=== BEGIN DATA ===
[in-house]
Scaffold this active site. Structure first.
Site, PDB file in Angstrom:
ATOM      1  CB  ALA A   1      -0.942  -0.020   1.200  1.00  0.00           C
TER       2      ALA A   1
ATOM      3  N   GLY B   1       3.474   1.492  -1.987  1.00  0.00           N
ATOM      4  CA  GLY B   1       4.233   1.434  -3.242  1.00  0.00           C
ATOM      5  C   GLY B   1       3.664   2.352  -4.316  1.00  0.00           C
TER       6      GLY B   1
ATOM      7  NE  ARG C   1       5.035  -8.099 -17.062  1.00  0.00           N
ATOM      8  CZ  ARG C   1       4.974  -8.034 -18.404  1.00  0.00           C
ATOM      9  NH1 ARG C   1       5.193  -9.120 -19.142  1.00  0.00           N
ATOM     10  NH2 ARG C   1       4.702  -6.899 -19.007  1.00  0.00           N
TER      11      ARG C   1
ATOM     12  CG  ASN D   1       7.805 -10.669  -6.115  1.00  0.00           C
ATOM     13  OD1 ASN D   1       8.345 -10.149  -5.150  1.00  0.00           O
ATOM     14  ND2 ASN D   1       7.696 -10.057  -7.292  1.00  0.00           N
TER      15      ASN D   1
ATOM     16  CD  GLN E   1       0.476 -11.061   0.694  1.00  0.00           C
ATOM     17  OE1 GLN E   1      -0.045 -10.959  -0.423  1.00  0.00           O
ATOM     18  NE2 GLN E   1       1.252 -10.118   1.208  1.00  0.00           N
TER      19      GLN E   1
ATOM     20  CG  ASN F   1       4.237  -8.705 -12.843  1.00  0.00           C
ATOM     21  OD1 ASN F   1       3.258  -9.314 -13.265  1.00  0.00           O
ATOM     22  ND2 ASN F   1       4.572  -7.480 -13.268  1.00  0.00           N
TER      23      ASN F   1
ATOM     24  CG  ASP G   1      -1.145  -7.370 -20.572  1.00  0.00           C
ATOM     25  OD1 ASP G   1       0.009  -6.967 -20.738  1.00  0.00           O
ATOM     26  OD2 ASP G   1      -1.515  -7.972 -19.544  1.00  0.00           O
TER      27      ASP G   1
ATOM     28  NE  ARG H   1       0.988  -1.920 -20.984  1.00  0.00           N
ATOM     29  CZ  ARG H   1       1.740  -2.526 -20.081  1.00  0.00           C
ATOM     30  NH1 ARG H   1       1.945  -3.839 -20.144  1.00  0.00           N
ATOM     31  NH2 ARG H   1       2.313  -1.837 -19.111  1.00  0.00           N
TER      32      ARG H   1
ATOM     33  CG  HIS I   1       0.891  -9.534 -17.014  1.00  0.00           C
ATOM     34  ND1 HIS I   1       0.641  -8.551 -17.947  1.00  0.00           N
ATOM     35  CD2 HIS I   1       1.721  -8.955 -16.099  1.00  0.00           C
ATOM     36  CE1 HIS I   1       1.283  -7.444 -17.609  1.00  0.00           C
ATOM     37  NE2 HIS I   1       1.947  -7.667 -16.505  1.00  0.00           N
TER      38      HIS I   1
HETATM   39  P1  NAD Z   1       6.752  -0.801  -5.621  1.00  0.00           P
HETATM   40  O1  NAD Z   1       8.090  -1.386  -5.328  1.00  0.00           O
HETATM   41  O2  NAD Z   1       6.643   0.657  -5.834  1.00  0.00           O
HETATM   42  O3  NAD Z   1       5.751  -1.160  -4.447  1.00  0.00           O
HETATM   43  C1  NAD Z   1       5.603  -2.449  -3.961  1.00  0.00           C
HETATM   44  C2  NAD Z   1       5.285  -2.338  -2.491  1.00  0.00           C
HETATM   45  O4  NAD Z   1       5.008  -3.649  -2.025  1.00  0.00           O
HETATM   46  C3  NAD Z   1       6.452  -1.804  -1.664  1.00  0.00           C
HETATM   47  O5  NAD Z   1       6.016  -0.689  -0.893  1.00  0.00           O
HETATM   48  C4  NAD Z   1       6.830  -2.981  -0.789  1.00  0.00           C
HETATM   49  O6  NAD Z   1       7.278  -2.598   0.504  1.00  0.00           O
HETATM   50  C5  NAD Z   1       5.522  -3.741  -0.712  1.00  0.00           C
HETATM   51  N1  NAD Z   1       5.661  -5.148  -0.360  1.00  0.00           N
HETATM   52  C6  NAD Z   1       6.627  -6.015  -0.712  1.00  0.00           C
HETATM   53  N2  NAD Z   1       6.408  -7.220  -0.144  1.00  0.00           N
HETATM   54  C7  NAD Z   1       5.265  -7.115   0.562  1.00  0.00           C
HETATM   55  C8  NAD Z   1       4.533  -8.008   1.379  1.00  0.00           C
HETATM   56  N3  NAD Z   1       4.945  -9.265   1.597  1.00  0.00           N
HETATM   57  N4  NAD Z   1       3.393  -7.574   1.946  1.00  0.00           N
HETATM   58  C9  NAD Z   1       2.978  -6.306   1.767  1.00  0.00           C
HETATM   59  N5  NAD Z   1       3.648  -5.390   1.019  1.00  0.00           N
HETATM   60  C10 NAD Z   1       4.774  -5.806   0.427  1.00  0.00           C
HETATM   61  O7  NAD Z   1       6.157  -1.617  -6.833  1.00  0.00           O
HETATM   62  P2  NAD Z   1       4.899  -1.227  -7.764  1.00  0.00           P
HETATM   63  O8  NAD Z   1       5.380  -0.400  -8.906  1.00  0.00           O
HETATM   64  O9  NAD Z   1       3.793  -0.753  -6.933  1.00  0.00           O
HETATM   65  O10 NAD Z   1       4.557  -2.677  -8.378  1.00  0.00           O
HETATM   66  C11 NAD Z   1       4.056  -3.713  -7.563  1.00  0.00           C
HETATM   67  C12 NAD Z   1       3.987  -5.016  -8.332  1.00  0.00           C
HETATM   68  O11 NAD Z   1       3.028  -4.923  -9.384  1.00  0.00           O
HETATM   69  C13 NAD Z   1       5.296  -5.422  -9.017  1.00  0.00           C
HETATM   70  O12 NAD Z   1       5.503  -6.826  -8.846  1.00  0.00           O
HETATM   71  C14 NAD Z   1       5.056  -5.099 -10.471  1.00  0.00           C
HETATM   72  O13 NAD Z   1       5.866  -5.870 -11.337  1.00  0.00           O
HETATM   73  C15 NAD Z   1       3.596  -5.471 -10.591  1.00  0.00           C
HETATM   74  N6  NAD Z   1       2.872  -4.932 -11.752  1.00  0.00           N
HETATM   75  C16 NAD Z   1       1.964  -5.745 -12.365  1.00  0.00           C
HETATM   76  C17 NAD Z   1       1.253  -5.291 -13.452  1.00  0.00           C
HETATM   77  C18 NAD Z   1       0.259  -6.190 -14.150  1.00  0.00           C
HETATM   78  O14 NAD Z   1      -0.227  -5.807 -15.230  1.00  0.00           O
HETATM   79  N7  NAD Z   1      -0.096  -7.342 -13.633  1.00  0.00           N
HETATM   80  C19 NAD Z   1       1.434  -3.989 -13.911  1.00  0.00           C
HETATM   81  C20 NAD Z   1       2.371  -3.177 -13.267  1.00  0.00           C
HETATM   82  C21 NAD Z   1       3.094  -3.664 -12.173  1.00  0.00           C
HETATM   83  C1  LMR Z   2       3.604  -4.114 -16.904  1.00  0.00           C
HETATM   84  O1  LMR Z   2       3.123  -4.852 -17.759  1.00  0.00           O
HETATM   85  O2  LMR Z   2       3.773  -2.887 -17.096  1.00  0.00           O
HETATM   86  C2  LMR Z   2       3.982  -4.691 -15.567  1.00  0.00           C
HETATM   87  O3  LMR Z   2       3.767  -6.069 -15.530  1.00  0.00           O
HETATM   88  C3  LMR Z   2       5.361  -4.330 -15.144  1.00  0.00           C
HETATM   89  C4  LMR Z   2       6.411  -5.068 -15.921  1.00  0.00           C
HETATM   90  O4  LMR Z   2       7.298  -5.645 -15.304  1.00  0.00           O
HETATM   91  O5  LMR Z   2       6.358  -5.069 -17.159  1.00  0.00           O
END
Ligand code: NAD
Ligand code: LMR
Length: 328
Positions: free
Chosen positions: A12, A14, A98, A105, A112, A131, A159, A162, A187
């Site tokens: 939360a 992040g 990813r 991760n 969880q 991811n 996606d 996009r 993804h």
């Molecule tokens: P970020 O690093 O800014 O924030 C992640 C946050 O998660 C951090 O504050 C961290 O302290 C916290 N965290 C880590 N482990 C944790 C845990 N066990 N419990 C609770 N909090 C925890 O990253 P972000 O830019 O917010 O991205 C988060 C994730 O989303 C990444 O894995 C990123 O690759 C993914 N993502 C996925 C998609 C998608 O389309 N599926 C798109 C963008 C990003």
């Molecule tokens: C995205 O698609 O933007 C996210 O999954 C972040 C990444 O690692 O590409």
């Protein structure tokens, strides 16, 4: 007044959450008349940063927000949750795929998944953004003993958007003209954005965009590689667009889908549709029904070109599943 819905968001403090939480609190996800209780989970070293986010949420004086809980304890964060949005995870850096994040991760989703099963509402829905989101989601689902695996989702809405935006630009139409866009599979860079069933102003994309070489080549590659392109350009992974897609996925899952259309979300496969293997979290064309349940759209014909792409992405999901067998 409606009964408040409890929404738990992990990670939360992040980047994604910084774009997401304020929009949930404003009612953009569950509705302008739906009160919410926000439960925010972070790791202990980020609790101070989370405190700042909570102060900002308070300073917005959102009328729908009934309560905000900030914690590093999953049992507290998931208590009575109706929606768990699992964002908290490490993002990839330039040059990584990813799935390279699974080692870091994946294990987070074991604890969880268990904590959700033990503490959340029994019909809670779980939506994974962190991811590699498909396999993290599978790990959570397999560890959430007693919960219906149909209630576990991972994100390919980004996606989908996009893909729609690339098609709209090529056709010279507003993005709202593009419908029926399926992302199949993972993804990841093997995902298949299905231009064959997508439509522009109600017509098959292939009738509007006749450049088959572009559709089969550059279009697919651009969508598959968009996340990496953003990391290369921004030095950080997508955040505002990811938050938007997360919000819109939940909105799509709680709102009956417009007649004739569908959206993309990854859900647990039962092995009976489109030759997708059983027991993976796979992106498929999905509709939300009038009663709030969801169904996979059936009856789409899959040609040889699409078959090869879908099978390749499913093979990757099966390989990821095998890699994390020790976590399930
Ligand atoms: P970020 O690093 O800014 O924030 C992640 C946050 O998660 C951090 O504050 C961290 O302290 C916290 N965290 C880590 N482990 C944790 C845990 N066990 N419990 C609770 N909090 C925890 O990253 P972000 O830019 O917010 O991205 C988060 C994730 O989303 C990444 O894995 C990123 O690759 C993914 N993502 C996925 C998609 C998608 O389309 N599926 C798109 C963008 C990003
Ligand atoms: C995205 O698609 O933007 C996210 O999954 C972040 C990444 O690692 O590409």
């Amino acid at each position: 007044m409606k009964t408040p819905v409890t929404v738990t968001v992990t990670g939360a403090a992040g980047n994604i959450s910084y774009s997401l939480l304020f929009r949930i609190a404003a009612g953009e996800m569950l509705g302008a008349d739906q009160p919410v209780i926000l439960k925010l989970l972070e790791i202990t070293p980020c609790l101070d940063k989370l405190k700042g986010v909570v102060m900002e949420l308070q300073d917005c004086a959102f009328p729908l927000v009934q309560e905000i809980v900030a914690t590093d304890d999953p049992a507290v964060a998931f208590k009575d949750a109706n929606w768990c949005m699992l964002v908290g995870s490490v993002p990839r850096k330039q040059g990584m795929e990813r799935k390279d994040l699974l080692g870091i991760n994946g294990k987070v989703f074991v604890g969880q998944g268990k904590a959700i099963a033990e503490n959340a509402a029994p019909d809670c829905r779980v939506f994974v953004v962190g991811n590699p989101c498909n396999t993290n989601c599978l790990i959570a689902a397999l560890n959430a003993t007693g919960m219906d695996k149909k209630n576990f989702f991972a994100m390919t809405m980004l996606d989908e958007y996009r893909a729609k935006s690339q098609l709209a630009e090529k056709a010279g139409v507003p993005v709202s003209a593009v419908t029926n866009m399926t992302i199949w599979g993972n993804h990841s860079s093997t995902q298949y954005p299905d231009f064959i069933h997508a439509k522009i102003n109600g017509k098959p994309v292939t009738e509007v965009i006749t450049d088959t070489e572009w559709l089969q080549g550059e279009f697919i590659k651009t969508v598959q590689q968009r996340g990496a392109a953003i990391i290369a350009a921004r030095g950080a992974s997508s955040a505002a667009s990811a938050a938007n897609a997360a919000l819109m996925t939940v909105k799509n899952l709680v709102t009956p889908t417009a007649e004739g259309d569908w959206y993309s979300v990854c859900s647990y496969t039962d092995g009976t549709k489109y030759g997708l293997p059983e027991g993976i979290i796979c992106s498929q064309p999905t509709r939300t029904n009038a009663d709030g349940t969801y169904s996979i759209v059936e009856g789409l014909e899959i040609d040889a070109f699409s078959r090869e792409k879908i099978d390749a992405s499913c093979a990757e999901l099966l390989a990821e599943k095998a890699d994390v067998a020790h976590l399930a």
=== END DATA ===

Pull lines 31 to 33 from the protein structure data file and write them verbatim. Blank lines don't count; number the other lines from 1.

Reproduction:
ATOM     28  NE  ARG H   1       0.988  -1.920 -20.984  1.00  0.00           N
ATOM     29  CZ  ARG H   1       1.740  -2.526 -20.081  1.00  0.00           C
ATOM     30  NH1 ARG H   1       1.945  -3.839 -20.144  1.00  0.00           N